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Equipment Investment and the Relative Demand for Skilled Labor: International Evidence

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  • Karnit Flug
  • Zui Hercowitz

Abstract

This paper estimates the effects of equipment investment on relative wages and employment of skilled labor and explores their dynamics. The basic hypothesis is that they are positive, due to either equipment-skill complementarity or to skill advantage in technology adoption. Using a panel data set with a wide rage of countries, the relative wage and relative employment of skilled workers are regressed on lagged investment in machinery and other relevant variables. The results indicate a strong, positive effect of machinery investment on the relative demand for skilled labor.

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Bibliographic Info

Paper provided by Inter-American Development Bank in its series IDB Publications with number 5878.

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Date of creation: Dec 1996
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Handle: RePEc:idb:brikps:5878

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Keywords: Productivity; Workforce & Employment; School-to-Work Transition; Business Development; WP-331;

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  1. Bartel, Ann P & Lichtenberg, Frank R, 1987. "The Comparative Advantage of Educated Workers in Implementing New Technology," The Review of Economics and Statistics, MIT Press, vol. 69(1), pages 1-11, February.
  2. Thomas F. Cooley & Jeremy Greenwood & Mehmet Yorukoglu, 1994. "The replacement problem," Discussion Paper / Institute for Empirical Macroeconomics 95, Federal Reserve Bank of Minneapolis.
  3. Greenwood, J. & Hercowitz, Z. & Krusell, P., 1995. "Long-Run Implications of Investment-Specific Technological Change," UWO Department of Economics Working Papers 9510, University of Western Ontario, Department of Economics.
  4. Griliches, Zvi, 1969. "Capital-Skill Complementarity," The Review of Economics and Statistics, MIT Press, vol. 51(4), pages 465-68, November.
  5. Berman, Eli & Bound, John & Machin, Stephen, 1997. "Implications of Skill-Biased Technological Change: International Evidence," Working Paper Series 486, Research Institute of Industrial Economics.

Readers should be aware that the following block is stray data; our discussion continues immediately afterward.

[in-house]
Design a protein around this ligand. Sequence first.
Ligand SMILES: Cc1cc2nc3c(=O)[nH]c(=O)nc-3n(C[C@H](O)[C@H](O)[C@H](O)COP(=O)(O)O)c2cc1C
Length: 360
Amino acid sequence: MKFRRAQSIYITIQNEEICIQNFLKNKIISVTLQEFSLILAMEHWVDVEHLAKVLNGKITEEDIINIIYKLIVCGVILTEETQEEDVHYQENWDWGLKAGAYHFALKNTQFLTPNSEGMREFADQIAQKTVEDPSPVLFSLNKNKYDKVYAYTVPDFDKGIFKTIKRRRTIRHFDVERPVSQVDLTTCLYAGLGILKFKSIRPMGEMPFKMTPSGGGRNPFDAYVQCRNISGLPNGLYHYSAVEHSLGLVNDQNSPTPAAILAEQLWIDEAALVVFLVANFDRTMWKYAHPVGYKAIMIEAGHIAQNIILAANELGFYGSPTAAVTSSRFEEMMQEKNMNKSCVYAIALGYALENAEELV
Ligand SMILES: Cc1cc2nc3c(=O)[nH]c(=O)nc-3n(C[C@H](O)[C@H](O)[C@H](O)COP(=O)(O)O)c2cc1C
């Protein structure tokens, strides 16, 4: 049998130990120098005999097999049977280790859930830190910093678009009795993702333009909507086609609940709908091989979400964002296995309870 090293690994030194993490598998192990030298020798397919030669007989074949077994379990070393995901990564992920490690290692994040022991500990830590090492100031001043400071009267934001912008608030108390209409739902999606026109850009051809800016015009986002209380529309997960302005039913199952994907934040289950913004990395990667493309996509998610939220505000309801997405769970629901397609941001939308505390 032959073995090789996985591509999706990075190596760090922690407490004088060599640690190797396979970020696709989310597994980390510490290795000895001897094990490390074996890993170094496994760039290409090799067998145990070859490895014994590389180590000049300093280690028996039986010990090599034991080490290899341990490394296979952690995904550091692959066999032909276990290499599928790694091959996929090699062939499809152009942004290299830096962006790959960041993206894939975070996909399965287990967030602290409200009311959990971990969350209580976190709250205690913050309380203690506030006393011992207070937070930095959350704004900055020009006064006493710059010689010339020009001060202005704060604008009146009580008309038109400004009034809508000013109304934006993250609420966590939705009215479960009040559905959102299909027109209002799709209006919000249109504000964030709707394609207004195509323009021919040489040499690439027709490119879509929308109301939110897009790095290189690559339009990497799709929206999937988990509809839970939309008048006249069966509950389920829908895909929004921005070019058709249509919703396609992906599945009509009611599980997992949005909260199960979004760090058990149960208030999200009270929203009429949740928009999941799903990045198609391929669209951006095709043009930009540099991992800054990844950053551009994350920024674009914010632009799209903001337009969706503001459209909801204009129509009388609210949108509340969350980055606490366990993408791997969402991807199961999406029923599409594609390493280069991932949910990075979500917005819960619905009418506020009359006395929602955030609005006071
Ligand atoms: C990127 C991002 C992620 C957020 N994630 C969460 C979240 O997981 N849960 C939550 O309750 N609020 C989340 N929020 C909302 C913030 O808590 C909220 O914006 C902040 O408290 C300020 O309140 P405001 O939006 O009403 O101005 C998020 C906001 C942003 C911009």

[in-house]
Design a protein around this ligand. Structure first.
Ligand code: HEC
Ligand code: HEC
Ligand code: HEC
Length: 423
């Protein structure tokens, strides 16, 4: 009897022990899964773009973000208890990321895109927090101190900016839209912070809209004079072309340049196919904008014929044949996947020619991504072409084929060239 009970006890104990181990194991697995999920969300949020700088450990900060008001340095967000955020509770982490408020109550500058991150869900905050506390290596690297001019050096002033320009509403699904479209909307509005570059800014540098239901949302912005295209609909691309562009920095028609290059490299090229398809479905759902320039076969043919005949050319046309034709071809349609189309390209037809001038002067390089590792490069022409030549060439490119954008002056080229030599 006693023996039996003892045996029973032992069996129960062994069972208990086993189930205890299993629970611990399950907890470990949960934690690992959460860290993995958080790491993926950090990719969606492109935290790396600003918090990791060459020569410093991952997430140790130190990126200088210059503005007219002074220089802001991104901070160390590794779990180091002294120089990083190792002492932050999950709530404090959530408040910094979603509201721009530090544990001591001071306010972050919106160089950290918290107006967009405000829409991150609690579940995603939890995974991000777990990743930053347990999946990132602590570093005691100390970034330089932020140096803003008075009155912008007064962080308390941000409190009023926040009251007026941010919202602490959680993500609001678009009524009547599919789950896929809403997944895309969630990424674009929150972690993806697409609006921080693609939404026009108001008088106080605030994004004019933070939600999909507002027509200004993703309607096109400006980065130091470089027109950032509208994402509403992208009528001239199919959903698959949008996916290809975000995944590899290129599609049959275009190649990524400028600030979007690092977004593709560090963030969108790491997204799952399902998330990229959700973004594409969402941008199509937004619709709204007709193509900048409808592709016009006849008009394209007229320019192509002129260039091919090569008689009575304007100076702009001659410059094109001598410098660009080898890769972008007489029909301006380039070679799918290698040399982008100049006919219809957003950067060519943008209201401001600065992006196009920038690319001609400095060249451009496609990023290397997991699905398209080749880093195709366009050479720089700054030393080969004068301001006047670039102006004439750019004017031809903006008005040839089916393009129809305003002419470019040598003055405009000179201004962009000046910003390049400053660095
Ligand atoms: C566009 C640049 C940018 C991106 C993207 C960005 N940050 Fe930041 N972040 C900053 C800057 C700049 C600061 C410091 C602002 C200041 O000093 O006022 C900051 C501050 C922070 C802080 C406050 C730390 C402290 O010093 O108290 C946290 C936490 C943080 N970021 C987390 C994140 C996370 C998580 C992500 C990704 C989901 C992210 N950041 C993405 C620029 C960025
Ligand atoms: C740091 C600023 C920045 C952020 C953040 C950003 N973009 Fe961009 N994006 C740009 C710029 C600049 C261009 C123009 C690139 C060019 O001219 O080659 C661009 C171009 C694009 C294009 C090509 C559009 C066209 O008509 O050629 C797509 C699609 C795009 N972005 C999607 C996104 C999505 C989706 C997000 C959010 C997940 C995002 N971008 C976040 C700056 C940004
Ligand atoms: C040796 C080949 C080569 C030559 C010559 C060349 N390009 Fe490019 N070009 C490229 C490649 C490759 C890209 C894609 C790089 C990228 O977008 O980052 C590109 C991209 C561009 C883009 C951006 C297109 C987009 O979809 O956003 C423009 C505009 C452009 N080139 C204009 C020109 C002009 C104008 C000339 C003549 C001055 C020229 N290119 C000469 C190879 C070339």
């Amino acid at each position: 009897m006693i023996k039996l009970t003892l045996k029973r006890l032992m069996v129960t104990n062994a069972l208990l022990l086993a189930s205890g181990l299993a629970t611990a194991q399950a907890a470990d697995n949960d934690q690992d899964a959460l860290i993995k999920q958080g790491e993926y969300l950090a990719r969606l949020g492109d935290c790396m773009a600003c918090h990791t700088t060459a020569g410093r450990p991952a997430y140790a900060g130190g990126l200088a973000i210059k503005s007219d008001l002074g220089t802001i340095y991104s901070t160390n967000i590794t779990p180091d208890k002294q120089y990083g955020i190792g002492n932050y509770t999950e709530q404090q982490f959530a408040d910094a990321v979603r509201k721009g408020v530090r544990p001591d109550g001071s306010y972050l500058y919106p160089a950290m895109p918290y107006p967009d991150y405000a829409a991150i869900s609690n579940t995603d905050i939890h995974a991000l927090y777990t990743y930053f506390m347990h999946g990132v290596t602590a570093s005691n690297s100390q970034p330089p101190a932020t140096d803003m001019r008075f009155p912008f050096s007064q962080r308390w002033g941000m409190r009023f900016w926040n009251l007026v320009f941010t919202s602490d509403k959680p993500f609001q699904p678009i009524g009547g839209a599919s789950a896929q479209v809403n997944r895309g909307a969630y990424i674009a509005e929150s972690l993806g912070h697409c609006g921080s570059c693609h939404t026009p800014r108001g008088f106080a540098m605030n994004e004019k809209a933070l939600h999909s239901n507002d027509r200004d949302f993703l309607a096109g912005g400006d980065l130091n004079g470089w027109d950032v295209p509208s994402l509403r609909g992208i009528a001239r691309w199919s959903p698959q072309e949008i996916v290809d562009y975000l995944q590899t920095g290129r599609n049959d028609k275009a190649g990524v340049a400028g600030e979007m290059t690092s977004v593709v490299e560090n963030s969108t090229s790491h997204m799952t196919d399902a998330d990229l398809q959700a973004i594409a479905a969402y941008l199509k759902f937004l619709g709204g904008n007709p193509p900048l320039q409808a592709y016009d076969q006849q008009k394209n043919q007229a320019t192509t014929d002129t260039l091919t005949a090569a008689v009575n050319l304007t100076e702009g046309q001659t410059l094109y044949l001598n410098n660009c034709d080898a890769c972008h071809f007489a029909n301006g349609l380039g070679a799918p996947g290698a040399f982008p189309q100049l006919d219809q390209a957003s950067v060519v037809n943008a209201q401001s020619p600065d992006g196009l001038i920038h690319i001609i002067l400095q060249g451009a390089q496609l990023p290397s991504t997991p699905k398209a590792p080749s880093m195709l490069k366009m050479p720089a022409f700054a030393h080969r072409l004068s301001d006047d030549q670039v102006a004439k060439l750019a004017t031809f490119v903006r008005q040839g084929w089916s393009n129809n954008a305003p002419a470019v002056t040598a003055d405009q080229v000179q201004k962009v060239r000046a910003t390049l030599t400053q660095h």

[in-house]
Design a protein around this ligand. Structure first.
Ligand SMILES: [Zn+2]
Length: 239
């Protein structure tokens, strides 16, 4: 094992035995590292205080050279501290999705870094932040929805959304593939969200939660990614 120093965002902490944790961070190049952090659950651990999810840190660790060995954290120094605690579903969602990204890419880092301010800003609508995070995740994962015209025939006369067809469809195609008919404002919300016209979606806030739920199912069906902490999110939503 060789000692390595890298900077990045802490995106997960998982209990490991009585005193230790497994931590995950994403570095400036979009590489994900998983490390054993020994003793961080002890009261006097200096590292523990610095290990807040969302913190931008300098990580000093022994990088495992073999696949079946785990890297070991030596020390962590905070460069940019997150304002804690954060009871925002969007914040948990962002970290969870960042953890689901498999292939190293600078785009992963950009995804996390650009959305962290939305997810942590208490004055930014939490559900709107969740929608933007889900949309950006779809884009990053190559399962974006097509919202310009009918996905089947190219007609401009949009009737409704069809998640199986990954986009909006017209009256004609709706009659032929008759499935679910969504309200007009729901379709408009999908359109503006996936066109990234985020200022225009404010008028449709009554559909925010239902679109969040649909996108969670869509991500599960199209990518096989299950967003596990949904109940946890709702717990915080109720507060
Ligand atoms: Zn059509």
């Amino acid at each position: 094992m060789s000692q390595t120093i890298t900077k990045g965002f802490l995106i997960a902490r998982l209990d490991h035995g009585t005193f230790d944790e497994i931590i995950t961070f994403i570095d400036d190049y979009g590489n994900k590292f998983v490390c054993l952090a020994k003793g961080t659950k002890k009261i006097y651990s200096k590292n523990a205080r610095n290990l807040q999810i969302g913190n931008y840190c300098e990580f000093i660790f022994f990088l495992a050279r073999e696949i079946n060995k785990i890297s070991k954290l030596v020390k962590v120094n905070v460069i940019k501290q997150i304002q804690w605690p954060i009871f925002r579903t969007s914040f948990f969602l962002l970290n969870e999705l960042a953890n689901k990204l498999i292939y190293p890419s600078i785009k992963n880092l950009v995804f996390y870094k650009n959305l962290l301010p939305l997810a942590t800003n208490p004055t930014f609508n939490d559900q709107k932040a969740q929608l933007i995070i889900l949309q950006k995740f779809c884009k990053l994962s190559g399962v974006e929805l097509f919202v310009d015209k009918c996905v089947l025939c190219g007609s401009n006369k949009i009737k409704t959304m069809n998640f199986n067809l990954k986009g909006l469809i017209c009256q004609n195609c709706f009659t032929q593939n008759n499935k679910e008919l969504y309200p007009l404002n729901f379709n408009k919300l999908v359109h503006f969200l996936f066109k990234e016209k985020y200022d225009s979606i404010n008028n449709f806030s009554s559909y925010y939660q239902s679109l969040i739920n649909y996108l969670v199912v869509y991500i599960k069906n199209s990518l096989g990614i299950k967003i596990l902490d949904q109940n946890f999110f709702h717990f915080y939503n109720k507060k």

6. Feenstra, Robert C. & Hanson, Gordon H., 1997. "Foreign direct investment and relative wages: Evidence from Mexico's maquiladoras," Journal of International Economics, Elsevier, vol. 42(3-4), pages 371-393, May.
  7. Robert J. Gordon, 1990. "The Measurement of Durable Goods Prices," NBER Books, National Bureau of Economic Research, Inc, number gord90-1, July.
  8. Greenwood, J. & Yorukoglu, M., 1996. "1974," RCER Working Papers 429, University of Rochester - Center for Economic Research (RCER).
  9. Bound, John & Johnson, George, 1992. "Changes in the Structure of Wages in the 1980's: An Evaluation of Alternative Explanations," American Economic Review, American Economic Association, vol. 82(3), pages 371-92, June.
  10. Boyan Jovanovic, 1995. "Learning and Growth," NBER Working Papers 5383, National Bureau of Economic Research, Inc.
  11. Robert J. Barro & Jong-Wha Lee, 1993. "International Comparisons of Educational Attainment," NBER Working Papers 4349, National Bureau of Economic Research, Inc.
  12. Juhn, Chinhui & Murphy, Kevin M & Pierce, Brooks, 1993. "Wage Inequality and the Rise in Returns to Skill," Journal of Political Economy, University of Chicago Press, vol. 101(3), pages 410-42, June.
  13. Berman, Eli & Bound, John & Griliches, Zvi, 1994. "Changes in the Demand for Skilled Labor within U.S. Manufacturing: Evidence from the Annual Survey of Manufactures," The Quarterly Journal of Economics, MIT Press, vol. 109(2), pages 367-97, May.
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